As for the possessive issue, no, the there would be no possession on nation. Why? The “nation” is not owned by the fans, it is a collective group of fans. The word “Steelers” describes what the group is made up of — Steelers fans. Therefore known as Steelers Nation.
It’s like Presidents Day. There is no apostrophe in Presidents Day. None. I know you’ll disagree, but it’s officially Presidents Day, despite few truly knowing or understanding it.
It is a day to honor many presidents. It is not a day FOR presidents. Though, the federal government doesn’t even acknowledge Presidents Day. It technically is known as Washington’s Birthday.
The grammar rule is similar to Veterans Day, the officially recognized title of that day of observance.
And saying that something just looks right or sounds right is an incredibly simplistic thought. If it’s wrong, it’s wrong and you’ll sound incredibly stupid by using it incorrectly.
I know understanding language and grammar isn’t common among folks, but it is something I’ve spent a great deal of time doing.
I also realize people will continue to disregard grammar rules, but it’s mostly because folks don’t educate themselves on what is proper. They’d sooner just speak and think they know what they’re talking about.
I think in most cases you’re right. Only place I disagree is that you’re trying to say the team and members of it are the same thing. You say the steelers organization is officially known as the steelers. By not specifying “and all memers included within” or something like that, they’re not giving us a rule for what to call members. I think that’s up to interpretation. Also, that citation example says “names of sports TEAMS” are treated as plural.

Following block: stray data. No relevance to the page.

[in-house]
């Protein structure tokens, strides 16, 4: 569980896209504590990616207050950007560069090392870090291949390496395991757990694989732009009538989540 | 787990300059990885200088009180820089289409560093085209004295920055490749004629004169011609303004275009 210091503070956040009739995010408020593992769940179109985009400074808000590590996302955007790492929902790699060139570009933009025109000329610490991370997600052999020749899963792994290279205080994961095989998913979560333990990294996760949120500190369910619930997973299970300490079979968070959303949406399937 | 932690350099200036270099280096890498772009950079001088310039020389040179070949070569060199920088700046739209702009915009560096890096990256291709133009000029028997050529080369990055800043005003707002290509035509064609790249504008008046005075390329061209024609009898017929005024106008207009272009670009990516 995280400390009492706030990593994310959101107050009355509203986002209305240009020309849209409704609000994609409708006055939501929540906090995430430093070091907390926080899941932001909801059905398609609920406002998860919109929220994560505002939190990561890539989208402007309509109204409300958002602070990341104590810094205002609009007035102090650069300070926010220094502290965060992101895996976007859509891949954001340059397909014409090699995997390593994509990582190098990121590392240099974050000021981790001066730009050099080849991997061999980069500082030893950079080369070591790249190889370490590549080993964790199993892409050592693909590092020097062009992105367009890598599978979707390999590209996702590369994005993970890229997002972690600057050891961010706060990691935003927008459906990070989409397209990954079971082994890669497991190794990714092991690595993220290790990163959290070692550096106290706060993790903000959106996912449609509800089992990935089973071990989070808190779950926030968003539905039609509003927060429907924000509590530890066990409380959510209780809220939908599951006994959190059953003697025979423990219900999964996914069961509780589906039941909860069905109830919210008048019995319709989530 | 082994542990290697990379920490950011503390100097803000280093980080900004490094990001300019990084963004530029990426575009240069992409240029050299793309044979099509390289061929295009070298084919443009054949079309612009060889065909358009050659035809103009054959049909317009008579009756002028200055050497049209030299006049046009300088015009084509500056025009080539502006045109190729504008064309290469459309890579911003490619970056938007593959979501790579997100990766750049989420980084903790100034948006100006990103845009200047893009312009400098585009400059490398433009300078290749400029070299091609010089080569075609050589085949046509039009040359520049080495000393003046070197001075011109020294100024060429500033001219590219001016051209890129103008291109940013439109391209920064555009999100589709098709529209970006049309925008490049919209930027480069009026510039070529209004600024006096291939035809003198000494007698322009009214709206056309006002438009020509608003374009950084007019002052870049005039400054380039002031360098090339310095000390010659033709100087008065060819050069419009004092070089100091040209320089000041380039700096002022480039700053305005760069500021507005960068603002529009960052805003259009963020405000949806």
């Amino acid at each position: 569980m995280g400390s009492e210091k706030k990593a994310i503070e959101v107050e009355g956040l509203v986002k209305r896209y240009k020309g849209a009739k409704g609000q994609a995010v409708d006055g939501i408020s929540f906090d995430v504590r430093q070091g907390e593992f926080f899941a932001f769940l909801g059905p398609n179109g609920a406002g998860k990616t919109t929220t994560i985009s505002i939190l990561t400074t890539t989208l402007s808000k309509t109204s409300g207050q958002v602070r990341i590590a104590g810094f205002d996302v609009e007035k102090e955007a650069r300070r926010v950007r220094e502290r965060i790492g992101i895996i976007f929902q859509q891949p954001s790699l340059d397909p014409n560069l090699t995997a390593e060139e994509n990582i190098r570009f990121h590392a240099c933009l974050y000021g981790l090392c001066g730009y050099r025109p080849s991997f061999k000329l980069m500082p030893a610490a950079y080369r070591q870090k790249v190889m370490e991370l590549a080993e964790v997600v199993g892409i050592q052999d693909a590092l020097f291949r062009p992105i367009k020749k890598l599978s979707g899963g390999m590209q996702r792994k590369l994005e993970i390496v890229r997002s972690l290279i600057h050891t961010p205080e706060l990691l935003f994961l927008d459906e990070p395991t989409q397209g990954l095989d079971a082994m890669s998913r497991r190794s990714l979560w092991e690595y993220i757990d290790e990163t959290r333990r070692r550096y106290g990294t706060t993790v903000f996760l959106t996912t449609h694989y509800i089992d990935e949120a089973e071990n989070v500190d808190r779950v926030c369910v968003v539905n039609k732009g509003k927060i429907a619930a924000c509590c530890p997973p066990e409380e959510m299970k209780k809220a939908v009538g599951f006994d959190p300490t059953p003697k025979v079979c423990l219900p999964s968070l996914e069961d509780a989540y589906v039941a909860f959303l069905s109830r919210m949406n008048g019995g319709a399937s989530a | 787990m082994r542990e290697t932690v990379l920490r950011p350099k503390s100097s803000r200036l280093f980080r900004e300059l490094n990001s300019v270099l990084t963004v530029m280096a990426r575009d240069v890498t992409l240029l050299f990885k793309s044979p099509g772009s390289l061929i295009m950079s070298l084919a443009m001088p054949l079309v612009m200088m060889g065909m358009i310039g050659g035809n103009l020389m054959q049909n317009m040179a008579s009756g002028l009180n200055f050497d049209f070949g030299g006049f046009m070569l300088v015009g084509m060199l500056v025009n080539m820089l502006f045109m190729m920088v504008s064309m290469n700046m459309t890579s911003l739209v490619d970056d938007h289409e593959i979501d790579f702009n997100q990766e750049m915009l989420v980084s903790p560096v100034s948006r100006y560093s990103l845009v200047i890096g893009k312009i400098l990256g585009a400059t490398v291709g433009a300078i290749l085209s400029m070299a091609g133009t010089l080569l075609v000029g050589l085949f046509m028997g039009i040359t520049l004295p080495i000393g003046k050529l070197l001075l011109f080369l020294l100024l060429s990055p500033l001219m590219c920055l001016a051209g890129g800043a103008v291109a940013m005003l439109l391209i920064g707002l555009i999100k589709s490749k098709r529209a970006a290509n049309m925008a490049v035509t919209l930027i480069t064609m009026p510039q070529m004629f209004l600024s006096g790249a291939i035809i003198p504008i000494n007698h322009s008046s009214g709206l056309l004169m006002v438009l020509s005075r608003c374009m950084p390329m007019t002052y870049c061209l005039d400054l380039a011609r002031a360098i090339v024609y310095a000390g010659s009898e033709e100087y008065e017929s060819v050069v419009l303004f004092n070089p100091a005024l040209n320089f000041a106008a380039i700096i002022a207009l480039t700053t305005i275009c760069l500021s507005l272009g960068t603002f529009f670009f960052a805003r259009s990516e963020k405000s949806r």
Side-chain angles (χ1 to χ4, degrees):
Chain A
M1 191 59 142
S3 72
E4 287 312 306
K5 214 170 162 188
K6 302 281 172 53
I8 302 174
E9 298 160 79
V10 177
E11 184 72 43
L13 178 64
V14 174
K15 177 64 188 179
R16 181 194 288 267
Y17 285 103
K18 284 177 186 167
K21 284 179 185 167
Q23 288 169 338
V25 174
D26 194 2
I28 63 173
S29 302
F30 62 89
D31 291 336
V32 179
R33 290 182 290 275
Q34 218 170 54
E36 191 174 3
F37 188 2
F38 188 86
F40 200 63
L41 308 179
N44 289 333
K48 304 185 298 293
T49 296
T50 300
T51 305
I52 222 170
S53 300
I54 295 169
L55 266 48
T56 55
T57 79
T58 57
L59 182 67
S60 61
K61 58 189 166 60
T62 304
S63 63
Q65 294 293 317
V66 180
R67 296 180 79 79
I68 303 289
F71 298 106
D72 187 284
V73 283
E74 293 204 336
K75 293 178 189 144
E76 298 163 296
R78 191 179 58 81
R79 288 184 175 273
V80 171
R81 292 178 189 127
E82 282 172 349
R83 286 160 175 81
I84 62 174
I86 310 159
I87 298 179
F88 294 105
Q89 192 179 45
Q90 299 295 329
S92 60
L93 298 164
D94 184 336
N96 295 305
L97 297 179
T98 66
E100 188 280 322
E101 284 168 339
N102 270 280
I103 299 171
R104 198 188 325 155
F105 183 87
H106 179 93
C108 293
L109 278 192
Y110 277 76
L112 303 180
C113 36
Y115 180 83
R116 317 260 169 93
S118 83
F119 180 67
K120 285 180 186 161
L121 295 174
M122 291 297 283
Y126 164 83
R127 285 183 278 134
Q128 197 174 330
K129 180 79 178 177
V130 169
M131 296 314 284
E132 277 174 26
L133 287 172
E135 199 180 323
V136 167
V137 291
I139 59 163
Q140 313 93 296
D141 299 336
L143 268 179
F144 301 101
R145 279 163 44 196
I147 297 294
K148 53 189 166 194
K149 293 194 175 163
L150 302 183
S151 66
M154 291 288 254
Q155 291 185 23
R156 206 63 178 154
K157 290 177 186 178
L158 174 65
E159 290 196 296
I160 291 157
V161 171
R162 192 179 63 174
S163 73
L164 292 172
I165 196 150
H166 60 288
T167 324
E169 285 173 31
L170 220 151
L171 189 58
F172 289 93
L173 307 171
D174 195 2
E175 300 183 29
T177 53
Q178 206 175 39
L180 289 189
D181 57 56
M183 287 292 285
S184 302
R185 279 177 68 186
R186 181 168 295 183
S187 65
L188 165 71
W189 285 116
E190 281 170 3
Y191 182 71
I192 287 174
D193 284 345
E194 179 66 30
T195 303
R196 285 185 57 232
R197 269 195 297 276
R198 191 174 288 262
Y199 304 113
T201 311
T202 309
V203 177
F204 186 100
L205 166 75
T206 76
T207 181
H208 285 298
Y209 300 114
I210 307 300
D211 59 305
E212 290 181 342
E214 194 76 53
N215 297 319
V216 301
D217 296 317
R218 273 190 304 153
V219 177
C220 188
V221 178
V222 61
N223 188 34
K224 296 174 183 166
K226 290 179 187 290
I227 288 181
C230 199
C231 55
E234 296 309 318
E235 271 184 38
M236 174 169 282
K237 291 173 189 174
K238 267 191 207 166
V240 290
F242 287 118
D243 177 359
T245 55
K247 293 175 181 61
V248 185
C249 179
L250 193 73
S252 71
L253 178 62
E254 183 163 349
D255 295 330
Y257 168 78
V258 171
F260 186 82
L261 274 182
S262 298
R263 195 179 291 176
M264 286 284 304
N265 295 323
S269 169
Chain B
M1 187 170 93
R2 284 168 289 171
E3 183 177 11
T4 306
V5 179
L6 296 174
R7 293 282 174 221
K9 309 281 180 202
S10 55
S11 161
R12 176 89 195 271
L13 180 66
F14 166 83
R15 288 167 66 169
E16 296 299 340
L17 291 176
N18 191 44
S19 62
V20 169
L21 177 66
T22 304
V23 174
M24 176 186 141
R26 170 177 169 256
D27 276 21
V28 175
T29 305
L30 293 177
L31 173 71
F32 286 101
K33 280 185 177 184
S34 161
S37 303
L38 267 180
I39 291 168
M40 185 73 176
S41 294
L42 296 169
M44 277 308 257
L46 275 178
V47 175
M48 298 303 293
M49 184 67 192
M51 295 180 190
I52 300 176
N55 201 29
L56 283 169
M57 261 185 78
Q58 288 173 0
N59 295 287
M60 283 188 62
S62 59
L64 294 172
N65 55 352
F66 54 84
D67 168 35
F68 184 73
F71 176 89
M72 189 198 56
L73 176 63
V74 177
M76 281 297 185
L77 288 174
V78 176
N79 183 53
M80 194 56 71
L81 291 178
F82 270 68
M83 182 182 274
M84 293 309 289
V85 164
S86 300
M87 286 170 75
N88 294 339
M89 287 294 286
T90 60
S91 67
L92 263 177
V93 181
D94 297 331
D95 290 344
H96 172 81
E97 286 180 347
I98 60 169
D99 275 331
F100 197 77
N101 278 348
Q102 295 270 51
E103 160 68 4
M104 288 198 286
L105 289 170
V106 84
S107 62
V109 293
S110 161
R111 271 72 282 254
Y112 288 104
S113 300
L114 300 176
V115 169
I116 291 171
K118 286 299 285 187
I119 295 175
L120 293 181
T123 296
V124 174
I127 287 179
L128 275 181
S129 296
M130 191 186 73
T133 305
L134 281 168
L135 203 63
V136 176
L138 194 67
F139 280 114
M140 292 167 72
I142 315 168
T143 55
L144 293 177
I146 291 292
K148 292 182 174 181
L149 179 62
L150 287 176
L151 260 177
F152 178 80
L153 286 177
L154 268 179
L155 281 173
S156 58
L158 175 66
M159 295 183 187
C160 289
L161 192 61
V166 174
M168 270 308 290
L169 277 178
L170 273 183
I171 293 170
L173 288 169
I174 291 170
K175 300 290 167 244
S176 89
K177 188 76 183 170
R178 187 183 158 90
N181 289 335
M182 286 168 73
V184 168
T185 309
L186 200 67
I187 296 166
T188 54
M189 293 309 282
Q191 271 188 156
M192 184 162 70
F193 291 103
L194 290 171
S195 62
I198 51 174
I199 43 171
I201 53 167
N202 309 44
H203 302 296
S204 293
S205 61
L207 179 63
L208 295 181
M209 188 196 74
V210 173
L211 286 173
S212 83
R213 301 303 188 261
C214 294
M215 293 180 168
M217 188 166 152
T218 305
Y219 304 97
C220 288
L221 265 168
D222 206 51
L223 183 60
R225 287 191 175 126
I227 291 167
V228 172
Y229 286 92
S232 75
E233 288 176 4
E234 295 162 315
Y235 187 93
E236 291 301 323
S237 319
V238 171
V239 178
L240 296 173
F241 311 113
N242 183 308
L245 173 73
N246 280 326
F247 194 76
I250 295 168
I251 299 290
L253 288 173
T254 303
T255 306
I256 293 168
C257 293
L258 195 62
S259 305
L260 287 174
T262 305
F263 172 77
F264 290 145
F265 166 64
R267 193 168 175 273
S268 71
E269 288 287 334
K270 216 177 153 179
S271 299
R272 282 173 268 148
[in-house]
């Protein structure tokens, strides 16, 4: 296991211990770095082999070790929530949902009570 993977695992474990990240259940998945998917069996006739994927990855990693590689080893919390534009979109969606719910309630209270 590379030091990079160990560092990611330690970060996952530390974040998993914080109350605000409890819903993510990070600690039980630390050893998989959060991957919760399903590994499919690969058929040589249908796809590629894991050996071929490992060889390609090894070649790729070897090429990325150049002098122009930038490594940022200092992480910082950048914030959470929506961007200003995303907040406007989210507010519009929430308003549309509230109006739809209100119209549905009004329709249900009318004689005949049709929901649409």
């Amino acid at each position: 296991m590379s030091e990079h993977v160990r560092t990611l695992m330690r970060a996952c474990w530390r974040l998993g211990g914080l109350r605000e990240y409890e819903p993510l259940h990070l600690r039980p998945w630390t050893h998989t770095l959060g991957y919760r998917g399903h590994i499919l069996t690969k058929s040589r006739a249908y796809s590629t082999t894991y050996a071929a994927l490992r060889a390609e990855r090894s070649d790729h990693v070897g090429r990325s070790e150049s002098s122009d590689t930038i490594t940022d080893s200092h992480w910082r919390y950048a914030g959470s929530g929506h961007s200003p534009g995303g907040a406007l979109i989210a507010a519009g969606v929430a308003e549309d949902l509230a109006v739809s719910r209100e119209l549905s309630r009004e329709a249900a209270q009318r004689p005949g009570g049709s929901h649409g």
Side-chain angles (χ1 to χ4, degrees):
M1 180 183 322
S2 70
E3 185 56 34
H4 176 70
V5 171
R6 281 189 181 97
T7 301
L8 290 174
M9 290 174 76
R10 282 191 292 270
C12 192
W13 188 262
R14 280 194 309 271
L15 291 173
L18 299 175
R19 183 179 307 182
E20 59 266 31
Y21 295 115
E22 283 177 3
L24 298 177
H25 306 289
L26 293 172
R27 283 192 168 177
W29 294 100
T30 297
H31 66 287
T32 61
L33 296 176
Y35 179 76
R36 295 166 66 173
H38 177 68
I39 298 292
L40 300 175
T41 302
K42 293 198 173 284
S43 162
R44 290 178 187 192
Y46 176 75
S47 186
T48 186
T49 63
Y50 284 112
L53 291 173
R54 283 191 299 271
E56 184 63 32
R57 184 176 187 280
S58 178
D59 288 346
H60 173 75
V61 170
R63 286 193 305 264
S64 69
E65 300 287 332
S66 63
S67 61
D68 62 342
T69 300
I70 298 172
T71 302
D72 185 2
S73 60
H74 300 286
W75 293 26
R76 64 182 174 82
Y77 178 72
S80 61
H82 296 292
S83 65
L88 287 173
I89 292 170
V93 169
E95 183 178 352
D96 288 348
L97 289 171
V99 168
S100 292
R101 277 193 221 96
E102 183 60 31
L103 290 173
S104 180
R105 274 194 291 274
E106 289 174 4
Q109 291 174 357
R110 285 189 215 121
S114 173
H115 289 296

It’s silly to say that “he was a Steeler” is wrong. There’s no basis for that and it’s making grammar difficult just for the sake of it. Because that’s what English grammar is always trying to do, not make any sense! :p
I didn’t study journalism and I have no clue where my APA style guide is to check. Correct me if I’m way off base!
I checked with both of our writers, whom also make a living at writing and have had books published. You say “Steeler” when speaking of the singular and Steelers when speaking of a group or organization and because the Trib doesnt want you to say Steeler doesn’t mean its correct.
I am a Colonial, not a Colonials
I am a Pirate, not a Pirates
I am a Panther, not a Panthers.
I am a Marine, not a Marines.
You are not plural, you is singular. You proved that above and the links I posted from the Trib show the same.
You are correct in saying “Ben Roethlisberger is a Steelers player.” But if Ben was speaking he would say “I am a Steeler” which is correct as is “I am a member of the Steelers” Ben saying “I am a Steelers” would be incorrect.
“And saying that something just looks right or sounds right is an incredibly simplistic thought. If it’s wrong, it’s wrong and you’ll sound incredibly stupid by using it incorrectly.”
In that case, to yourself, you are incredibly stupid and simplistic.
“I also realize people will continue to disregard grammar rules, but it’s mostly because folks don’t educate themselves on what is proper. They’d sooner just speak and think they know what they’re talking about.”
Pot, meet kettle. n’at